How to Defragment a Hard Drive on a Windows 7 PC - dummies

How to Defragment a Hard Drive on a Windows 7 PC

By Dan Gookin

Defragmenting is commonly called defragging. No matter what you call it, defragging or defragmenting your hard drive will speed up disk performance. If you haven’t defragmented your PC’s hard drive in a while (or ever), you’re in for a treat. A freshly defragmented hard drive makes your computer seem brand new.

Your PC’s main hard drive is automatically defragmented on a regular schedule when you use Windows 7. Even so, you can manually defragment your hard drive or removable storage media.

In Windows 7, follow these steps to pull a manual defrag of the PC’s main hard drive:

  1. Open the Computer window.

  2. Right-click the media you want to defragment, such as the main hard drive, C.

  3. In the drive’s Properties dialog box, click the Tools tab.


  4. Click the Defragment Now button.

    The Disk Defragmenter window appears. Rather than plow ahead and potentially waste time defragmenting a drive that doesn’t need it, check the media’s current fragmentation.

  5. Click the Analyze Disk button.

  6. Wait while Windows checks the defragmentation on the media.

    Check the Percent Fragmented value by the disk in the Disk Defragmenter window. If it’s zero, there’s no point in continuing: Skip to Step 8.

    Even when the drive shows 0 percent fragmented files, you can still proceed with defragmentation. No media can be fully defragmented, so the Windows Defragmenter will always find something to do.

  7. Click the Defragment Disk button.

    Windows defragments the media. Sit back and watch, or do something else, though you shouldn’t do anything on your computer while the media is being defragmented.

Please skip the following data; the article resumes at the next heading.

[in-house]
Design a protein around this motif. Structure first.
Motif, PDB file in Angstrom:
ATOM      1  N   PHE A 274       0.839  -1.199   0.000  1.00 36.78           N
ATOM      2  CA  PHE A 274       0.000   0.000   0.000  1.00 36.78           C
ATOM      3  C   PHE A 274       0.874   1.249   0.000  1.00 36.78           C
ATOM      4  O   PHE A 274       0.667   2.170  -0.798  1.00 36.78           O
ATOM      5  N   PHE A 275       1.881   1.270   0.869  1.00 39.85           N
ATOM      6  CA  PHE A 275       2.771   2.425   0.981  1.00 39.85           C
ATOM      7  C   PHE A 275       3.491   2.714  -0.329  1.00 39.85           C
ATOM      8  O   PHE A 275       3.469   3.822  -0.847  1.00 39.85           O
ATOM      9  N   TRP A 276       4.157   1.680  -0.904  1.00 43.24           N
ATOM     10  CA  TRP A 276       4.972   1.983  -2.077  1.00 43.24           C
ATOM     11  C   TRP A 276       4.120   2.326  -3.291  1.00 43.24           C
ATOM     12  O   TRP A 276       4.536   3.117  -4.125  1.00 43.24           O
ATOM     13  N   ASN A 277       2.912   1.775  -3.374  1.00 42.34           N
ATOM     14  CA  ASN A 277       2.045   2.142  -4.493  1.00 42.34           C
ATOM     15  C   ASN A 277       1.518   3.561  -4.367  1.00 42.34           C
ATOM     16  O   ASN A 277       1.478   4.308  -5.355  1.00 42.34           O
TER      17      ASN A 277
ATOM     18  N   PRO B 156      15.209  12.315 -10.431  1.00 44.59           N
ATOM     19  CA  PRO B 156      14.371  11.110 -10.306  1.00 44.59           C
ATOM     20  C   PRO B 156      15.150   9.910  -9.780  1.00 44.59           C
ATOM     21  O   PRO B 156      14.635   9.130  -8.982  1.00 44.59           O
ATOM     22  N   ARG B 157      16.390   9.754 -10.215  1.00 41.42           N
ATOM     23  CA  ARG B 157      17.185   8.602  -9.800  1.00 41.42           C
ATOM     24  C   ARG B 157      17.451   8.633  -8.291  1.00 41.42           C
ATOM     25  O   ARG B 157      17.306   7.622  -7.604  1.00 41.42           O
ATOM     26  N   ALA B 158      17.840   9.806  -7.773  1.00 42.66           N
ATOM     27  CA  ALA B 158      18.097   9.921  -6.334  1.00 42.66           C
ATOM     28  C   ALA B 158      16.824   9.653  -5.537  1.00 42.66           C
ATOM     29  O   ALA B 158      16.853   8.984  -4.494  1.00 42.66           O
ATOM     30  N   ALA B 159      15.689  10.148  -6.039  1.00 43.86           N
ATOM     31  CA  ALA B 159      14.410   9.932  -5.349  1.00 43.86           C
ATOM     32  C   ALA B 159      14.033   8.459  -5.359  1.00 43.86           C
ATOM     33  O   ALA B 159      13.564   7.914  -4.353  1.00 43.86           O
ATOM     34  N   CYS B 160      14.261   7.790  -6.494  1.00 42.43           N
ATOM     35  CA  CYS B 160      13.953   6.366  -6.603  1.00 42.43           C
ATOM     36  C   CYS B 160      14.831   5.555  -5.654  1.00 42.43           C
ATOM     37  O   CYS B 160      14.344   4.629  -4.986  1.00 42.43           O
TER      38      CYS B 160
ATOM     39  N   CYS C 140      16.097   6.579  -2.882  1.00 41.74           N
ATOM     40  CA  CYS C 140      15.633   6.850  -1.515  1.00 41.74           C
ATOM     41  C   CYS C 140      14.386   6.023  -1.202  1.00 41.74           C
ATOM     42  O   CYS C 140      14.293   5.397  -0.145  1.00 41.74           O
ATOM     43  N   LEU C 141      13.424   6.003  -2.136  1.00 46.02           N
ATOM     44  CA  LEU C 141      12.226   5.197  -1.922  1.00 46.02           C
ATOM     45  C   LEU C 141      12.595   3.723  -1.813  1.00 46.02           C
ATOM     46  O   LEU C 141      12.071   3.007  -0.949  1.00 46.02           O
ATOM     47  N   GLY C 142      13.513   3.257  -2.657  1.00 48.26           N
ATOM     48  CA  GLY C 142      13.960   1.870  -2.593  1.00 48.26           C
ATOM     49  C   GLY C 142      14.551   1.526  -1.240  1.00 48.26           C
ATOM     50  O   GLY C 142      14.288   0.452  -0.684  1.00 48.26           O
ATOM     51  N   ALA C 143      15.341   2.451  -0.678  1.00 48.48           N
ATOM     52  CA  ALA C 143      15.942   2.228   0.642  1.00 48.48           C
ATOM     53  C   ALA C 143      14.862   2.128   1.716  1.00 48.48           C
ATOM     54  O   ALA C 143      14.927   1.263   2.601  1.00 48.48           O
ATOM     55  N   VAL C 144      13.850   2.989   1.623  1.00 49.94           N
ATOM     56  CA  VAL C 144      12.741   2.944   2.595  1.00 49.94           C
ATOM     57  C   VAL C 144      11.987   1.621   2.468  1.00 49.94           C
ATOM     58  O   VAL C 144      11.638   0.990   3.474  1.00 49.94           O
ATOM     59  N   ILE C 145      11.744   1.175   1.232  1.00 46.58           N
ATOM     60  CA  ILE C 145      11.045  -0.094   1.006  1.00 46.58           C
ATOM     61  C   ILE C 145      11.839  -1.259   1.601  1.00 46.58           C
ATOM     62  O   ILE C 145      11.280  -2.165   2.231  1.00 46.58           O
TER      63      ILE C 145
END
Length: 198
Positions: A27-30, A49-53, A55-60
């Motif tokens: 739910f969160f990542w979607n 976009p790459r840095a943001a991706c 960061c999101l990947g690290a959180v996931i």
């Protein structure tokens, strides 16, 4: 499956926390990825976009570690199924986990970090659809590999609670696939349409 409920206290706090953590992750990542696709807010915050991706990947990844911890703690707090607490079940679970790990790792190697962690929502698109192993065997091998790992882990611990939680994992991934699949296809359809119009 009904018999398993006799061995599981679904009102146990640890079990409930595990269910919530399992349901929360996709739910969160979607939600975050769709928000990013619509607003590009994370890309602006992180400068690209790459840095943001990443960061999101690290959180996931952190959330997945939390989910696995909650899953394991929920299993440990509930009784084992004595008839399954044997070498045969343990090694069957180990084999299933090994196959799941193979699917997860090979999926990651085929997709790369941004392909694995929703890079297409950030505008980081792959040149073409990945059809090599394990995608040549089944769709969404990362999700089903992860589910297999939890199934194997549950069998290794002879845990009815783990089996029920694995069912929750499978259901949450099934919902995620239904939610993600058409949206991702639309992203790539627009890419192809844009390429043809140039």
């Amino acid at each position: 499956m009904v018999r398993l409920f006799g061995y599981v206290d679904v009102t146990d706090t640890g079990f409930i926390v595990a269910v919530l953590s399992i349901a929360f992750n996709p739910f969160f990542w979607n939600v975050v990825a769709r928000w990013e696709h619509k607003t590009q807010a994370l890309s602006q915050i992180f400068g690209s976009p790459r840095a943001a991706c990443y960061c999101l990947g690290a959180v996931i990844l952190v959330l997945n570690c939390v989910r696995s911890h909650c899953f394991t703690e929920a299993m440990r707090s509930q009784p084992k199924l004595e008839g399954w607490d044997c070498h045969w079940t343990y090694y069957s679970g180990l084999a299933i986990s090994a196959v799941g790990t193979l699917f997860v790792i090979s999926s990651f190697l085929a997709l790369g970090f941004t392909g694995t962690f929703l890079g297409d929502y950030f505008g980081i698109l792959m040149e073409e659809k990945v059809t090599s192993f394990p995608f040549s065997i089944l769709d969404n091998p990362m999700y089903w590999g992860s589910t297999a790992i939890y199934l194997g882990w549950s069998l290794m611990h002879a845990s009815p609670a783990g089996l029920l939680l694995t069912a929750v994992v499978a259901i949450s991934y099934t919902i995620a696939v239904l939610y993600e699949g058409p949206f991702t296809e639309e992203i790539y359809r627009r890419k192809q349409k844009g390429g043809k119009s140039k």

8. Click the Close button, and close up any other windows you opened.

You may not notice any drastic improvement in disk performance, especially when the hard drive is frequently defragmented. But if you just defragmented your PC’s hard drive for the first time, prepare to be stunned.

  • You cannot defragment a network drive.

  • Do not defragment a media card or flash drive. These drives have a limited number of “writes” available to them. That is, the media can support data being written to it a finite number of times. This number can be huge, but it’s a real number; after reaching the number, the media becomes useless. By not defragmenting a media card or flash drive, you avoid accelerating the deadline.

  • Optical drives cannot be defragmented.

  • Even after running the Defragmentation utility, file fragments remain on the hard drive. That’s just the nature of disk storage. Please don’t obsess and run the defragmentation utilities over and over, trying to get a perfectly defragmented hard drive.